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World’s most powerful satellite provides wireless broadband (but not in New Mexico)

On November 15, 2010, the world’s most powerful commercial satellite, called Lightsquared, was launched into orbit, promising to provide North America with ubiquitous 4G wireless broadband service (and nationwide radiation). That particular venture by billionaire Philip Falcone quickly ran into legal trouble, and is not up and running. In fact Sprint, which entered into an arrangement to build the terrestrial part of Lightsquared’s network, will pull out of the deal on March 15 if Lightsquared does not secure FCC approval to use the frequencies allotted to it for land-based towers as well as for its satellites. The FCC has withheld permission because of potential interference with global-positioning systems.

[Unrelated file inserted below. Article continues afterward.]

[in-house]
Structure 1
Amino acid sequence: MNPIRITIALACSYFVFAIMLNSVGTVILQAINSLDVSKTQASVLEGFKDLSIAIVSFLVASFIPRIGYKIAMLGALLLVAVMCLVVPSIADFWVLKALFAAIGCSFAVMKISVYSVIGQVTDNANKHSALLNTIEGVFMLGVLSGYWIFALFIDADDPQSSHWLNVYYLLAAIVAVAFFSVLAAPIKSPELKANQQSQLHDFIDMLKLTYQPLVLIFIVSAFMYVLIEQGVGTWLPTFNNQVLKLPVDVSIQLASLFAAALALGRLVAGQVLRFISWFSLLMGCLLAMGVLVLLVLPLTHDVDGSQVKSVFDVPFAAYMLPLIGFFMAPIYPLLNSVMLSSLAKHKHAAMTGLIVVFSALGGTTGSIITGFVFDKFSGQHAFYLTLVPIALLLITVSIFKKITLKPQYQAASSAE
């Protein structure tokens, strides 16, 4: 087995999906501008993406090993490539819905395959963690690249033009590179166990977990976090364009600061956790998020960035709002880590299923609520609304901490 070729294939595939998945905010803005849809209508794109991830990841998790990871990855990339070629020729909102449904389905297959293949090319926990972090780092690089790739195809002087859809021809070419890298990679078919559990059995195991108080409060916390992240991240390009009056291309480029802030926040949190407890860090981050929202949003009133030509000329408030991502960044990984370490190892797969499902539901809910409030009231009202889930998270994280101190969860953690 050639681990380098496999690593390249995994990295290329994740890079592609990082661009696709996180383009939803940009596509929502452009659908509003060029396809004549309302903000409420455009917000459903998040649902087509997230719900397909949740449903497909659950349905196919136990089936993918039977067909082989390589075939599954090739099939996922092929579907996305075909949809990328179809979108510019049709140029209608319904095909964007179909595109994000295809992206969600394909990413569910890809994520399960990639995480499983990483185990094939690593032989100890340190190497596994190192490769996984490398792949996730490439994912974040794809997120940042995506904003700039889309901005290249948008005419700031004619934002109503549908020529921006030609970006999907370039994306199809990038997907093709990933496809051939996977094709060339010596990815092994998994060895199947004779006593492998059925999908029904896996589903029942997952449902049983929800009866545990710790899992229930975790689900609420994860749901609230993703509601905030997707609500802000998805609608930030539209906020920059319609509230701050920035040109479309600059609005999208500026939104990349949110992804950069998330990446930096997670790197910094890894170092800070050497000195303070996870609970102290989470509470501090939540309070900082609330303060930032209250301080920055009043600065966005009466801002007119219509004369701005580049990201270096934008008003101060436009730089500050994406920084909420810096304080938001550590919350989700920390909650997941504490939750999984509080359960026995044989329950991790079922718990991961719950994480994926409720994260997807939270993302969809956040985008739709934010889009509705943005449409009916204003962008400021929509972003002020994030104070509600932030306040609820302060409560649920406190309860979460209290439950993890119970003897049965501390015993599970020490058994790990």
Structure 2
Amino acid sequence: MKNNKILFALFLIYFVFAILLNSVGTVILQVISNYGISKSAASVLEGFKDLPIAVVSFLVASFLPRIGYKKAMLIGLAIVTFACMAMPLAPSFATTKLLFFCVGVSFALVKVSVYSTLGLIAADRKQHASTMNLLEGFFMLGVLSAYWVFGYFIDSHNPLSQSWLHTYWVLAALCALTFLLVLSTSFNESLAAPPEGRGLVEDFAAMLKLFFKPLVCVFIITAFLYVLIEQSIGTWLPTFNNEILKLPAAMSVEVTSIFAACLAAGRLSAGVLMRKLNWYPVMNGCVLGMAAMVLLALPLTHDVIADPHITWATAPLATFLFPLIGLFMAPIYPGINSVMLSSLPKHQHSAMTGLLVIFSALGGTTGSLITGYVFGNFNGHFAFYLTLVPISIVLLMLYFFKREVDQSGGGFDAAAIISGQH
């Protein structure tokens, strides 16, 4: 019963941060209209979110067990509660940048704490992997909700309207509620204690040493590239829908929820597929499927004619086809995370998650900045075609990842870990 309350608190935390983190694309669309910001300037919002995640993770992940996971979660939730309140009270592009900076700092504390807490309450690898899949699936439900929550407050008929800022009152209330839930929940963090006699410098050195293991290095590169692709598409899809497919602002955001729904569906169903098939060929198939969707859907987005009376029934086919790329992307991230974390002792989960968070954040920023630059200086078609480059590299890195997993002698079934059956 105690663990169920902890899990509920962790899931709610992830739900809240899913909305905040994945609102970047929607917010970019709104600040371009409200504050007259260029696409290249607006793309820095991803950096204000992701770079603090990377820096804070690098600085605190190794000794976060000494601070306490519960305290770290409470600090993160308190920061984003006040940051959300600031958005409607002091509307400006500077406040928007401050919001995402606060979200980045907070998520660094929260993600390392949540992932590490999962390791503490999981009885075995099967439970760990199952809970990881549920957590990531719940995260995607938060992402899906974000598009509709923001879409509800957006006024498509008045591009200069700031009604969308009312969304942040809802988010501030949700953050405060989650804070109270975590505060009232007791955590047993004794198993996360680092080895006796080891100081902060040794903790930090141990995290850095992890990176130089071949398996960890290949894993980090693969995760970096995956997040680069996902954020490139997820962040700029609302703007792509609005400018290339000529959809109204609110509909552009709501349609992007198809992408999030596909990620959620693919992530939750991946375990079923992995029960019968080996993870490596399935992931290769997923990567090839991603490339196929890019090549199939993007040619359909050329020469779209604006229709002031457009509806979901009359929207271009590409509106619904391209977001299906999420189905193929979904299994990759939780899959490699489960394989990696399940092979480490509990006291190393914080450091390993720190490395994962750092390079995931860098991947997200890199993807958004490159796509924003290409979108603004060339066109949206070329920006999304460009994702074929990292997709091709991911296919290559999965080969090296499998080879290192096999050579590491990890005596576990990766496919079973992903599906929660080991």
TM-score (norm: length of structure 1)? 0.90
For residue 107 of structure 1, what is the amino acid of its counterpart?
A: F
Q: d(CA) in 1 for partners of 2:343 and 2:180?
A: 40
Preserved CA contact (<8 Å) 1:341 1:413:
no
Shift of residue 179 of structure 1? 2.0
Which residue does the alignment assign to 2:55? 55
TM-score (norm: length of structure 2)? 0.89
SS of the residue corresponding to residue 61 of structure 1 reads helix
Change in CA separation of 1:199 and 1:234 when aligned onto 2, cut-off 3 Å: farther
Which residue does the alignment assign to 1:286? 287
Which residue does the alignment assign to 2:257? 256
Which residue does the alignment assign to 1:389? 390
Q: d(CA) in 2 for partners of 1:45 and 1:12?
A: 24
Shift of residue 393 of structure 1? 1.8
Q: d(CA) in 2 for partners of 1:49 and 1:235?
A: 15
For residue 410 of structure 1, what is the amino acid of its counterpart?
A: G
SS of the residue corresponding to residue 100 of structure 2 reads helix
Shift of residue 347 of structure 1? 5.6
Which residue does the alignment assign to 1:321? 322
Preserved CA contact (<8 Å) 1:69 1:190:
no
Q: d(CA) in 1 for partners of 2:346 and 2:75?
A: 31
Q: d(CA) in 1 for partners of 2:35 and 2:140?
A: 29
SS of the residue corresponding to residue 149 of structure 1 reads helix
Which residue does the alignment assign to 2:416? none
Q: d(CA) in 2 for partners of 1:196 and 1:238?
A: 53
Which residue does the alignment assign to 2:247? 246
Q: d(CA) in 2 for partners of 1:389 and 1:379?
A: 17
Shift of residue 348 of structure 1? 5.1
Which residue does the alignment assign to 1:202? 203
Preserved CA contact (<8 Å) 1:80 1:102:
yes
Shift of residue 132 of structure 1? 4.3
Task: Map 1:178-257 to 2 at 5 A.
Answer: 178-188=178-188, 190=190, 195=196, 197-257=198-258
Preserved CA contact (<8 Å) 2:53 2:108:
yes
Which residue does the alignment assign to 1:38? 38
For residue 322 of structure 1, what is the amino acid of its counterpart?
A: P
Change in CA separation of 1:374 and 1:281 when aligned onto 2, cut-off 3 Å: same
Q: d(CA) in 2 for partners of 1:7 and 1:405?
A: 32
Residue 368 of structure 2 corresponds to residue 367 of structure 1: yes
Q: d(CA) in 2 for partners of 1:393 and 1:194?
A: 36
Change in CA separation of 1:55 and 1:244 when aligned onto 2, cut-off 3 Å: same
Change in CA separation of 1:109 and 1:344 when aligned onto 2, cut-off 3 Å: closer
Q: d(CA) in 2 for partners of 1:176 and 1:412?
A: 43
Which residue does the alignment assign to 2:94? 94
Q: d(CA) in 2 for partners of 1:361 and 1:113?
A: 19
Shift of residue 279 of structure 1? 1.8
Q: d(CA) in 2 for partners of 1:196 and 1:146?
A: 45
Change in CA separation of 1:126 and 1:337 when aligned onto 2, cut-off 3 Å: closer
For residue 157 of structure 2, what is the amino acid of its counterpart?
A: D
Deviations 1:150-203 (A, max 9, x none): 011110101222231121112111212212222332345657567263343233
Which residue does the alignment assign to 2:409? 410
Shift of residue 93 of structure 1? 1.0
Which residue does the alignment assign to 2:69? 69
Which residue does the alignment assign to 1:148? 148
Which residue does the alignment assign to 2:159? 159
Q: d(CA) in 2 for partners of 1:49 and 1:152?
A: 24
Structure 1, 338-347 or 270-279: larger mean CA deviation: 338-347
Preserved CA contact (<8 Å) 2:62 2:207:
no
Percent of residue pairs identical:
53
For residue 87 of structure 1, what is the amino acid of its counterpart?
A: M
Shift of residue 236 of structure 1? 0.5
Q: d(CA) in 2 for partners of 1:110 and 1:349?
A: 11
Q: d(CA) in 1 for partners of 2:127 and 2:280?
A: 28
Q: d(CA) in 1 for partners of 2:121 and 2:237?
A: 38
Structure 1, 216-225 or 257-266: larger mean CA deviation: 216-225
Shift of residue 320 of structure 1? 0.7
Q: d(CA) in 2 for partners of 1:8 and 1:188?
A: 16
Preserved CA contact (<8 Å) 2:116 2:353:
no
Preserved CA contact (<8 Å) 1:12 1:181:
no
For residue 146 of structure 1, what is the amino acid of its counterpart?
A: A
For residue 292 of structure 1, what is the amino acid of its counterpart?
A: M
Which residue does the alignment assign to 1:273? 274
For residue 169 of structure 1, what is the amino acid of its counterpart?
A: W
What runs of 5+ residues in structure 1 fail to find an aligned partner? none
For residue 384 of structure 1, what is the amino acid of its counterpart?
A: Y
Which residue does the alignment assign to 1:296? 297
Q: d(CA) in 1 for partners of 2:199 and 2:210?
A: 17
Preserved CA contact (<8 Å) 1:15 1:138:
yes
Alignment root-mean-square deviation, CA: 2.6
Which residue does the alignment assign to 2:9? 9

Now a new venture called Wild Blue Wireless has stepped into the void and launched its own powerful satellite, which promises to do not quite the same thing. It launched the ViaSat satellite on October 19, 2011, and began offering broadband service nationally from that satellite on January 16, 2012. Unlike Lightsquared, which was going to offer direct connections with Smart Phones, ViaSat is designed to deliver high speed broadband to homes and businesses via satellite dishes and will operate at 20 to 30 GHz. It is billed as “the highest capacity satellite in the world,” and aims 72 spot beams to cover the eastern two thirds of the United States, the west coast, and the Phoenix and Denver areas.